Onboard the experimental platform was a Raspberry Pi model B microcomputer. The microcomputer collected sensor data from an inertial measurement unit (IMU) and commanded the manipulator arm joints to the desired angular positions. We used a 6DOF IMU, consisting of a three-axis accelerometer (ADXL345) and three-axis rate gyro (ITG3200), to estimate vehicle states. Data were collected from the IMU at 100 Hz. Roll angle was estimated in real time on the microcomputer using a moving average filter consisting of ten points. Based on the estimated roll angle, joint angle position commands were sent to the arm at 10 Hz.

The dimensions and weight of the experimental platform were very close to those used for the LM and NLM. One difference was that the manipulator links on the experimental platform were slightly shorter, link 1 was approximately 0.3 m, and link 2 was 0.2 m.

The experimental platform was operated outdoors in a flat, open parking lot. A camera was placed at a high vantage point overlooking the parking lot and captured the movement of the vehicle at 30 Hz. The camera was calibrated and the homography transformation matrix relating the pixel data to world frame data was calculated. A red marker was placed on the back of the vehicle so that it could be easily tracked using simple color threshold detection in the video recorded for each maneuver. This allowed us to estimate the x–y position and speed of the vehicle during each maneuver.

Experimental Results.

Two comparisons will be made between our experimental results and analysis with the models. The first supports the effect of the arm on preventing rollover and the second supports analysis of the arm's effect on handling dynamics.

The same type of maneuver performed with the NLM in Figs. 8 and 9 was performed with the experimental platform. Given the size of the parking lot we tested in and the capabilities of the hardware, we were able to perform the steplike steering input maneuver at a speed of just over 5 m/s. The magnitude of the steering input was 20 deg, which was larger than the magnitude of the steering inputs applied to the NLM. We chose a larger magnitude steering input to keep the radius of the maneuver small while still experiencing large lateral accelerations that occur in a rollover event. The manipulator arm joint angle constant was set to Kϕ=2 for the Arm Mov. case.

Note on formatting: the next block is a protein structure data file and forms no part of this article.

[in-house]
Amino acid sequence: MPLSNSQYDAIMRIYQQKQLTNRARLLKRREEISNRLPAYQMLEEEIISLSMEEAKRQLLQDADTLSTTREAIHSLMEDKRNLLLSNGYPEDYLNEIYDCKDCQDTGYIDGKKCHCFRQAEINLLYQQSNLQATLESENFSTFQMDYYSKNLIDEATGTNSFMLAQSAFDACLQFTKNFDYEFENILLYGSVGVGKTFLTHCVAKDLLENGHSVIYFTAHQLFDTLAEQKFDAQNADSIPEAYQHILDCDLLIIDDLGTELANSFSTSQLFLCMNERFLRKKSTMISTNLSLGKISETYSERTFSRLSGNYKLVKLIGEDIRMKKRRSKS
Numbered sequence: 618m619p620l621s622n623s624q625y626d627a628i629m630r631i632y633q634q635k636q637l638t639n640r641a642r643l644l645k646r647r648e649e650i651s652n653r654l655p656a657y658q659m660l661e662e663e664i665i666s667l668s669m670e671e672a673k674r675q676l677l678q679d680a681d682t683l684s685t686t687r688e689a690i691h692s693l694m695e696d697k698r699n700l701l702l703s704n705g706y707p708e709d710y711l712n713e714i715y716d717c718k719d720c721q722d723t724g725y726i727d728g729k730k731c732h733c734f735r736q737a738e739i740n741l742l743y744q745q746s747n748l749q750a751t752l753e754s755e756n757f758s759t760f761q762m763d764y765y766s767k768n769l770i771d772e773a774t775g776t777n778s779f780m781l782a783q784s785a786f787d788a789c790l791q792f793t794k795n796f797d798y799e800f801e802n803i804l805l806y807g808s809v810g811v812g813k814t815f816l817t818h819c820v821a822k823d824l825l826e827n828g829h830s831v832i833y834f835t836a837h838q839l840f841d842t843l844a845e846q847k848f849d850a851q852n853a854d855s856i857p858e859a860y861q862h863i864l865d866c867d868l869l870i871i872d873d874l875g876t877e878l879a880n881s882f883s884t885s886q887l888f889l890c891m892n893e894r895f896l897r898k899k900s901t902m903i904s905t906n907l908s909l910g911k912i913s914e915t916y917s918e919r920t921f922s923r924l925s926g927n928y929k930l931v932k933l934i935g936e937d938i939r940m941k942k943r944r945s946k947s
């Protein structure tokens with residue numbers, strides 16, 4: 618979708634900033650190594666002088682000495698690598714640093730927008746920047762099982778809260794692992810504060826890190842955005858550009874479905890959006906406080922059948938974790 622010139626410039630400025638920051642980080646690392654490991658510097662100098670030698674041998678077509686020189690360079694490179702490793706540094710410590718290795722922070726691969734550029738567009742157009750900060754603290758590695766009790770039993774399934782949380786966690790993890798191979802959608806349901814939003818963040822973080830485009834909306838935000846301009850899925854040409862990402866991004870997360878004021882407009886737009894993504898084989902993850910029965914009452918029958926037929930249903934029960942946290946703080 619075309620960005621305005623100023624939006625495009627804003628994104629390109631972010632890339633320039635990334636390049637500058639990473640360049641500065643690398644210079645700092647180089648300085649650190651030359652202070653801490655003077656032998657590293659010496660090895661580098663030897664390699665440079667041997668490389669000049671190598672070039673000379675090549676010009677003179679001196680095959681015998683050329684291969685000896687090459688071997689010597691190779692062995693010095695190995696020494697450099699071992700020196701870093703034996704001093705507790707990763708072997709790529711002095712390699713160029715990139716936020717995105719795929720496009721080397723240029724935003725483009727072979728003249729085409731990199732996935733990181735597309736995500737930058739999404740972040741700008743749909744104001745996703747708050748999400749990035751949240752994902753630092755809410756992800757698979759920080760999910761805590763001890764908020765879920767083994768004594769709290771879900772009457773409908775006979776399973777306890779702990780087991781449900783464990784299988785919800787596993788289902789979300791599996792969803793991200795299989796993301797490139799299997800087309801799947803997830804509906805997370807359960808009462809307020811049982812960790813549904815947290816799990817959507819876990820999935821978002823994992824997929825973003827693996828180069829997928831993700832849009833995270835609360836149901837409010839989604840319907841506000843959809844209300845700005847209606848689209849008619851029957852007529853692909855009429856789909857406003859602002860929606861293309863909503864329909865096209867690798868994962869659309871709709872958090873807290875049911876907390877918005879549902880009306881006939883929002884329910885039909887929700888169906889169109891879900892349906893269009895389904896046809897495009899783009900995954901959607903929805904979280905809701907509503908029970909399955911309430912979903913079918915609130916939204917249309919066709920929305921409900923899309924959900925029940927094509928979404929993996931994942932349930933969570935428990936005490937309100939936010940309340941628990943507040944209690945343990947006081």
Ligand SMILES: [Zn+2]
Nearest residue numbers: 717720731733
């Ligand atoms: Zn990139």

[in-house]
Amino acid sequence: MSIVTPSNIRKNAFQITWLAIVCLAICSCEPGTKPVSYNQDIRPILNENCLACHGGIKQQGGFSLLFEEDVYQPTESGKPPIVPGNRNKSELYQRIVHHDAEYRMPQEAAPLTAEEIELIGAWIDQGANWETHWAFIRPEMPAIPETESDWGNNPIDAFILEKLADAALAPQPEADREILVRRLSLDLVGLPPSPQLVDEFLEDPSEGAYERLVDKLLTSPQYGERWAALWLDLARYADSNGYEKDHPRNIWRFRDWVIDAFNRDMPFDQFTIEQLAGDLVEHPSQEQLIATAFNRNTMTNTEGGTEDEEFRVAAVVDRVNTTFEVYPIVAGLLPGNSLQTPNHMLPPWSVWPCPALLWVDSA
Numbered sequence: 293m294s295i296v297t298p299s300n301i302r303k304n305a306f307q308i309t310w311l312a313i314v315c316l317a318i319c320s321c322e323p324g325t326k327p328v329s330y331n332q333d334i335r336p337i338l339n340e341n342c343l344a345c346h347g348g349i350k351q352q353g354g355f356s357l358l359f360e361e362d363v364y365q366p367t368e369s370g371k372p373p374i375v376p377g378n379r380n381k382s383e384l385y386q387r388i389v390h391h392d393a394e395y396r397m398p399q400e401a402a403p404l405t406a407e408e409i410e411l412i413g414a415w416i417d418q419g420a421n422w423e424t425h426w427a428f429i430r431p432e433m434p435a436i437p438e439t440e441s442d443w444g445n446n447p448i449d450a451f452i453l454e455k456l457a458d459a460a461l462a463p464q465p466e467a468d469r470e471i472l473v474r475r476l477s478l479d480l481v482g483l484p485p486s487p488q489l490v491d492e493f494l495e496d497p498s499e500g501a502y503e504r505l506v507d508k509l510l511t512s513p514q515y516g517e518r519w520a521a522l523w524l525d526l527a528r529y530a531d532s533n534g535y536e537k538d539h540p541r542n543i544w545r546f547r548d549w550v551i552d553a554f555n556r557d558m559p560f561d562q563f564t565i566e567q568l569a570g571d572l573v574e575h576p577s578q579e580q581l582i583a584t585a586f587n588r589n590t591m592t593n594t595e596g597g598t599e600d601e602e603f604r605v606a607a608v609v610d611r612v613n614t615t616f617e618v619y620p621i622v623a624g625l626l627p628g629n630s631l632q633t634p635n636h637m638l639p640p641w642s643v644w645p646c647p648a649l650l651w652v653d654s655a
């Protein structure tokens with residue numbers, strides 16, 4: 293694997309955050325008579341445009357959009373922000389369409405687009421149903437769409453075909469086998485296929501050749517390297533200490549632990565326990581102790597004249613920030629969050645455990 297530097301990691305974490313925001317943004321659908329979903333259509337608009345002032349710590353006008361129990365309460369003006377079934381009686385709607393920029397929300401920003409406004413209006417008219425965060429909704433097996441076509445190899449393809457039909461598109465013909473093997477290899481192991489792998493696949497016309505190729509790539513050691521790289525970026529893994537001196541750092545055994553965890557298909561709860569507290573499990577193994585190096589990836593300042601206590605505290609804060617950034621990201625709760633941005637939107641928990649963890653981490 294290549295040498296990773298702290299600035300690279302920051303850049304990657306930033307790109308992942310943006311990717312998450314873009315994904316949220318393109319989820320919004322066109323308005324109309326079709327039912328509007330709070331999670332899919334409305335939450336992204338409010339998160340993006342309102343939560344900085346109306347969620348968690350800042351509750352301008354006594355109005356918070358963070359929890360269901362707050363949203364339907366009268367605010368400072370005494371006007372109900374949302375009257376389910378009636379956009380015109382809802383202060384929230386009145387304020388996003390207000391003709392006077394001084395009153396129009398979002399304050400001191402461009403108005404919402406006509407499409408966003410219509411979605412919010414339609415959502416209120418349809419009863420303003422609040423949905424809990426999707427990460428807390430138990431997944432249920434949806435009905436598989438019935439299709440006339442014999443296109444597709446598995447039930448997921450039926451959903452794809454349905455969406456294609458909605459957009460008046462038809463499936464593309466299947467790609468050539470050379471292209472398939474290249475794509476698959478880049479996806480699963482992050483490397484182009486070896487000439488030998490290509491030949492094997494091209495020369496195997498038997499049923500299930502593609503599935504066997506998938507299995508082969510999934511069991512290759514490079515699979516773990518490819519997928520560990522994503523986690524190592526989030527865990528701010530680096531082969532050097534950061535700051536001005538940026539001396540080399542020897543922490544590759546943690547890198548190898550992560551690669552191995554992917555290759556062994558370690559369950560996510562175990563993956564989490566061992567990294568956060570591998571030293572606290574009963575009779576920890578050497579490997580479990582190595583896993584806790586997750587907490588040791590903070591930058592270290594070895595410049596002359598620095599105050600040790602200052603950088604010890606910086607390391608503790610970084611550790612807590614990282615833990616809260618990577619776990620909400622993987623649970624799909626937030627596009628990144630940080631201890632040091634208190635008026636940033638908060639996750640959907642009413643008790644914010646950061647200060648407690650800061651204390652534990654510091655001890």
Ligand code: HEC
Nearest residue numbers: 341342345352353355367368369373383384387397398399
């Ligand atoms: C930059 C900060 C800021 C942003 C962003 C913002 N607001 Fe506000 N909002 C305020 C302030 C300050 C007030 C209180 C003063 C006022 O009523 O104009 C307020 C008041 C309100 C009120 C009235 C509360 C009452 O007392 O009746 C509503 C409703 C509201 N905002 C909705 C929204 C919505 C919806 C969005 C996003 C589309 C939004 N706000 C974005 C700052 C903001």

The results of the turning maneuver with the experimental platform are shown in Fig. 12. The x–y position data collected using computer vision is shown in subplot Fig. 12(a). Markers are included at each 0.5 s interval to compare with the time series data in subplots Figs. 12(b)12(d). All IMU signals were filtered using a fourth-order Butterworth filter with cutoff frequency 5 Hz and matlab's zero-phase distortion filtering function filtfilt. The roll angle in subplot Fig. 12(c) was estimated using x-IO Technologies' implementation3 of Mahony's Attitude and Heading Reference System (AHRS) algorithm [29]. During the maneuver recorded in Fig. 12, the vehicle's wheels actually lifted off the ground and the vehicle appeared to roll just past the point at which the outriggers first hit the ground for the Arm Stat. case. We measured that the outriggers (see Fig. 1) touch the ground when the vehicle is rolled approximately 42 deg in the static case. Thus, the AHRS algorithm's gain was tuned such that the maximum roll angle of the Arm Stat. case was just under 50 deg. The lateral and vertical accelerations were then transformed from the vehicle frame to the world frame via multiplication by a rotation matrix about the vehicle's roll axis.

From Fig. 12(c), we can see that moving the manipulator arm with weight-shifting had a dramatic effect on reducing the vehicle's roll angle. In this case, when the vehicle performed the maneuver with the Arm Stat., the tires lifted off and the outriggers hit the ground. This event occurred for around 1.5 s. We can see in subplot Fig. 12(c) that this is where the roll angle peaks and in subplot Fig. 12(d) the vertical acceleration goes positive (in the static case, gravity is −1 g in the z-direction).

The second comparison made with the experimental results supports the handling dynamics analysis. The vehicle was given a constant steering input of 15 deg and a constant throttle input of 45% max throttle, until it reached steady-state driving in a circle. The resulting maneuver with the experimental platform is shown in Fig. 13.